However, in recent years, tensions have flared between these two nations. The U.S. has become impatient with Israeli building of settlements, and inability to negotiate effectively with the Palestinians. Israelis in turn are fed up with the constant U.S. involvement in their political state of affairs. Because of these concerns, both countries get weaker. As we enter a future that could potentially lead to much violence and bloodshed, the United States needs to reaffirm its commitment to remaining an ally with Israel, and Israel in turn needs to realize that without U.S. help, it will be extraordinarily difficult for Israelis to meet the challenges of tomorrow. The election today will be a major factor in answering some of these burning questions. Although all the votes have not been counted, it is almost guaranteed that Benjamin Netanyahu will serve a second term as Prime Minister.

However, Netanyahu’s right-wing political party, a combination between Likud and Yisrael Beitenu faired relatively poorly compared to experts’ estimates. The party’s number of seats dropped from 42 to 31. It still remains the largest faction in the 120 member Knesset, but because of how Israel’s political system works, its power is greatly diminished, as I will explain later. A huge surprise of this election was the overall weakening of the right wing partys’ power in Israel. An upstart center-left party, Yesh Atid, garnered 19 seats. Its head Yair Lapid demands an end to the ultra-orthodox draft exemption, and the giving of stipends to yeshiva students. The centrist Labor party got 17 votes, which is significant, but representative of a great reduction in its power. A new hard line right wing aimed at Zionist religious Jews, Habayit Hayehudi, won 12 seats, according to exit polls. Shas, a party run by and for ultra-orthodox Jews of sefaradic heritage, won between 11-13 seats, and increased its power. The other ultra-orthodox party, United Torah Judaism, won 6 seats.

The strong showing of center-left and centrist parties was a huge shock to many pollsters and journalists. Israelis were thought to have shifted sociologically into more right wing frames of thinking, which should influence how they vote, but didn’t.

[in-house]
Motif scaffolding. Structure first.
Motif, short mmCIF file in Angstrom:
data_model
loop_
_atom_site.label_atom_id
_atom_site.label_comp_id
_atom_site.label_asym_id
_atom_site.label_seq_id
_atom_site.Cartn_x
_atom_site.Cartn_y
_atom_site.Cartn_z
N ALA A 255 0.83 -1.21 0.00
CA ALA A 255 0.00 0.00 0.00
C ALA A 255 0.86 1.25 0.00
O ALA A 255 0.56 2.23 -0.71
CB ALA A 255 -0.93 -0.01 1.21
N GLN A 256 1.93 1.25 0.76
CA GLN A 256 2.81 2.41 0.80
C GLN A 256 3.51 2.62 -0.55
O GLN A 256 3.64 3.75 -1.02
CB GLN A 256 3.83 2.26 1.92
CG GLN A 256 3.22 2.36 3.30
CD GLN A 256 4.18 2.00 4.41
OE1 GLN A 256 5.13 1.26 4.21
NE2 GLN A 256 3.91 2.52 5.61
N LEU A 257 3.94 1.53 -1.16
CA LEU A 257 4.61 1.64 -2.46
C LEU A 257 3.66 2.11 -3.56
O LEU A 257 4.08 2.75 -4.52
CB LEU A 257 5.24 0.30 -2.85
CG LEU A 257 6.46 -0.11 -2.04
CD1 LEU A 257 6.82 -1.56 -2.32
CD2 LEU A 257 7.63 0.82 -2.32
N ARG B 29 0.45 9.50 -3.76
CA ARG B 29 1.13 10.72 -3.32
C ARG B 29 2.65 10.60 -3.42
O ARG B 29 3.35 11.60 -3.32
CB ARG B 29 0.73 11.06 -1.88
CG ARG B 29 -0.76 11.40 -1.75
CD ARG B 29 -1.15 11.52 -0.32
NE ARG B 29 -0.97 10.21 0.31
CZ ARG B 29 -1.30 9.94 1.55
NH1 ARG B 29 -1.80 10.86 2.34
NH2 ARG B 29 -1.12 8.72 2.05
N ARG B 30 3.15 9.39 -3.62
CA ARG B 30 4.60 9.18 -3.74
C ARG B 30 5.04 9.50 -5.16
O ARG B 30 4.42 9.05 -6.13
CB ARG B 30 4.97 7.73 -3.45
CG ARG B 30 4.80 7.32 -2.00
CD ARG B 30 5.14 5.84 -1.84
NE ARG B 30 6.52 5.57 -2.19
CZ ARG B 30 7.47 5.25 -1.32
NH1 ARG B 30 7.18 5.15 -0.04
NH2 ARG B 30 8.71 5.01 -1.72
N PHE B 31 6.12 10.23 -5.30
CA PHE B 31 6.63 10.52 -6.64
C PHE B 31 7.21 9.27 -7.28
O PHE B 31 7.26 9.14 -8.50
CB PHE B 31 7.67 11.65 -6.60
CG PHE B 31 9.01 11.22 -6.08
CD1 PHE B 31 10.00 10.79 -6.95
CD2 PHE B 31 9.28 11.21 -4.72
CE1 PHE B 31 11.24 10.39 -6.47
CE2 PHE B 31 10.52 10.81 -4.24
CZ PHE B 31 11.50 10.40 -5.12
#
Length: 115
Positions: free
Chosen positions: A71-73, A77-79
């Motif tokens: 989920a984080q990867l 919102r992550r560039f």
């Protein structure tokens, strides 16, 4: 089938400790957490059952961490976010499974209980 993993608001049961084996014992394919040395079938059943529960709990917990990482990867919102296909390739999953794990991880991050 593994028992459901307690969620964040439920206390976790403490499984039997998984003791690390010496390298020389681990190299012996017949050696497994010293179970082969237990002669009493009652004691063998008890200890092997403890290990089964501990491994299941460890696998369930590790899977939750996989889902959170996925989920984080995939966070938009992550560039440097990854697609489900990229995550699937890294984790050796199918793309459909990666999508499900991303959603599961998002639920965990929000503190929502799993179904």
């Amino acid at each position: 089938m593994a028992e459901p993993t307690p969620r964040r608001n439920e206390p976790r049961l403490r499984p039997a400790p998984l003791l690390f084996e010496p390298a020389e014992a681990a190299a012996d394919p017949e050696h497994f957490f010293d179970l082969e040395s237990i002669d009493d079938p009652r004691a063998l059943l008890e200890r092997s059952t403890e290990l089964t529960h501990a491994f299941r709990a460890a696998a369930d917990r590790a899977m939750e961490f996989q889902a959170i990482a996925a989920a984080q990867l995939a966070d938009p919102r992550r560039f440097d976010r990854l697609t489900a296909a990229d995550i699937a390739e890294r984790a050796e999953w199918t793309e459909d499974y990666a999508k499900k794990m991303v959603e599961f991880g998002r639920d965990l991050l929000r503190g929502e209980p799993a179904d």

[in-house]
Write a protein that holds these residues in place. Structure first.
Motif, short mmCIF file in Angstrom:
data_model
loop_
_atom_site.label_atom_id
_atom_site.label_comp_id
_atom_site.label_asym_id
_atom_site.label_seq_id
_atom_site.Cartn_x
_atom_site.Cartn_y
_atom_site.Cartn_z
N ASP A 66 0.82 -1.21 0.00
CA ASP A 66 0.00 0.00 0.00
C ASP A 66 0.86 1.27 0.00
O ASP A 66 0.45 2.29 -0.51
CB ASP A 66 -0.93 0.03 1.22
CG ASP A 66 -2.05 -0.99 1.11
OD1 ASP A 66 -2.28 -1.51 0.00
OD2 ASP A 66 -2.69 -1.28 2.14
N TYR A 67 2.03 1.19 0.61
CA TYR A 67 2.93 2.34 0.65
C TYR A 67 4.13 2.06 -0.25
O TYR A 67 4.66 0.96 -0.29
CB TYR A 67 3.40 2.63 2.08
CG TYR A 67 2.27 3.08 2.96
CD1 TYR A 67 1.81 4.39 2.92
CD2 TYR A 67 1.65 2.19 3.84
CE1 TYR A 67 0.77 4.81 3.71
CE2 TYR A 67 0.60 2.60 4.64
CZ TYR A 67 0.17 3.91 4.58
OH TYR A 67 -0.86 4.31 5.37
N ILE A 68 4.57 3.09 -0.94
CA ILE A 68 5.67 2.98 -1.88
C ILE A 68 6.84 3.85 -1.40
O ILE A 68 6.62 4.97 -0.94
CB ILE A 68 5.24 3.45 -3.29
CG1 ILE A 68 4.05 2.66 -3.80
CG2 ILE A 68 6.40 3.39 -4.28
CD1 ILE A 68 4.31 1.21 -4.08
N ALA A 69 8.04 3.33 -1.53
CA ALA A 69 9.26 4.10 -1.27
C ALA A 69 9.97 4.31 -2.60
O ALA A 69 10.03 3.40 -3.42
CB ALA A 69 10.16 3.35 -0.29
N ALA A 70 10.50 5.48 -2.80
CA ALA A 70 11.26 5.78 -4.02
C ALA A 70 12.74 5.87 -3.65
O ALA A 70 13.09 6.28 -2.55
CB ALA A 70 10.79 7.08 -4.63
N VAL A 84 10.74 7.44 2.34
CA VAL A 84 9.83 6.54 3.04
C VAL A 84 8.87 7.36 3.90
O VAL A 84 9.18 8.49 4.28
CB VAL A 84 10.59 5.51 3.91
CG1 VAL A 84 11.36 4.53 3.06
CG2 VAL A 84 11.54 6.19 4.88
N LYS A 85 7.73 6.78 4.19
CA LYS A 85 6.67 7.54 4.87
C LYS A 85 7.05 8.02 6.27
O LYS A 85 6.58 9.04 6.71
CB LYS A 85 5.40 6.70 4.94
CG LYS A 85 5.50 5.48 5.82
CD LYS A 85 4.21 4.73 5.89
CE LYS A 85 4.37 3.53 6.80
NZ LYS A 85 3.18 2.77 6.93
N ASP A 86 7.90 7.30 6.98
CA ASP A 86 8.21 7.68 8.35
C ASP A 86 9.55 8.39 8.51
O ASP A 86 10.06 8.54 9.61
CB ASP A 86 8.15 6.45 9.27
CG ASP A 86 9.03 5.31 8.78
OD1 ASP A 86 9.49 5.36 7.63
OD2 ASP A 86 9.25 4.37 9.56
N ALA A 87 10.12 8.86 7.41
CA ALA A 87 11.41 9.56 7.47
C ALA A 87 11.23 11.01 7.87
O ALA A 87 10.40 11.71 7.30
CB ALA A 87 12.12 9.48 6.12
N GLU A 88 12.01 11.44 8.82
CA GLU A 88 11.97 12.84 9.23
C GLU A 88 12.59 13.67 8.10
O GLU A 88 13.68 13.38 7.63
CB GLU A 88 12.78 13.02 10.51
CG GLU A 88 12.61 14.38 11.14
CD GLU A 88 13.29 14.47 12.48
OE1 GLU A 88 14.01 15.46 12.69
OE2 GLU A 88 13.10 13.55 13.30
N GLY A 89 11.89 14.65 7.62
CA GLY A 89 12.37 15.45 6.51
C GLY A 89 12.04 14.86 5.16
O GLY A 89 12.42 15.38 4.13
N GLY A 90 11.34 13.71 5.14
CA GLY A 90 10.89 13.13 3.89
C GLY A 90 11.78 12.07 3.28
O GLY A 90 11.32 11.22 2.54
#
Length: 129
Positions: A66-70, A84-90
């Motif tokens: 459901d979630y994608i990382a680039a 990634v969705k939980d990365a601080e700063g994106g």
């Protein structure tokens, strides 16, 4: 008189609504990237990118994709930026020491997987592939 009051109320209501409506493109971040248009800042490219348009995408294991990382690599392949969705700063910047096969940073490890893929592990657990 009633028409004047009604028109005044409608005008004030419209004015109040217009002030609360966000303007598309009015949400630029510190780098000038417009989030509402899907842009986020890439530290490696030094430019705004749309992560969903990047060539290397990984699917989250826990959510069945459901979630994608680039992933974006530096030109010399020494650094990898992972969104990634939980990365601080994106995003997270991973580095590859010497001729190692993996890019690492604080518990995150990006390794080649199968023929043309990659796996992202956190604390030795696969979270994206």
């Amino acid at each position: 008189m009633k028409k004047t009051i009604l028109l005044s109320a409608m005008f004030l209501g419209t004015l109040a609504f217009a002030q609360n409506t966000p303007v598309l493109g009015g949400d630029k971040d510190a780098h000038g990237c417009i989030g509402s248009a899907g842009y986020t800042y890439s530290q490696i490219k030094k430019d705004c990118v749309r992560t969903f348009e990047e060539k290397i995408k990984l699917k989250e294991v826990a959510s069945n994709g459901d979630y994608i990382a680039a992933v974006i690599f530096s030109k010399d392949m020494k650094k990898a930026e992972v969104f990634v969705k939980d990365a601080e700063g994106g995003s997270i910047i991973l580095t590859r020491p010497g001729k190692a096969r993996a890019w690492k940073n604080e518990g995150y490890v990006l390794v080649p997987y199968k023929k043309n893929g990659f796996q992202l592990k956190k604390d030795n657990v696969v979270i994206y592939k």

As I mentioned briefly earlier, Israel has a unique political system that demands the ruling party to form a majority coalition with other parties of similar ideologies. Netanyahu as the winner says he wants to form a broad-based coalition government, which will hope to include as many parties as possible to gain a majority. However, as of now, it is unclear who Netanyahu will try to persuade to join him. He will have to make concessions and compromises either way, whether he chooses to form a more centrist government with Yair Lapid of the centrist Yesh Atid party, or if he decides to head right and create a coalition with more hard line right wingers like Naftali Bennet of Habayit Hayehudi, or perhaps even the ultra-orthodox parties, Shas, and United Torah Judaism.

As of current exit polling, it appears that neither the right wing nor the left wing will be able to form any government without the help of the ultra-orthodox parties, who together make up 19 seats. Therefore, it is likely that the big winners of this election are the rapidly growing chareidim. If they join a coalition, they will ensure that the new government continues the de facto policies regarding stipends and army exemptions. However, Netanyahu is a secular Jew who really doesn’t have the same priorities as the religious parties. It is very likely that he will make some tough compromises, and try to bridge the right wing Habayit Hayehudi party with the centrist Yesh Atid, and thus avert having to deal with the ultra-orthodox parties.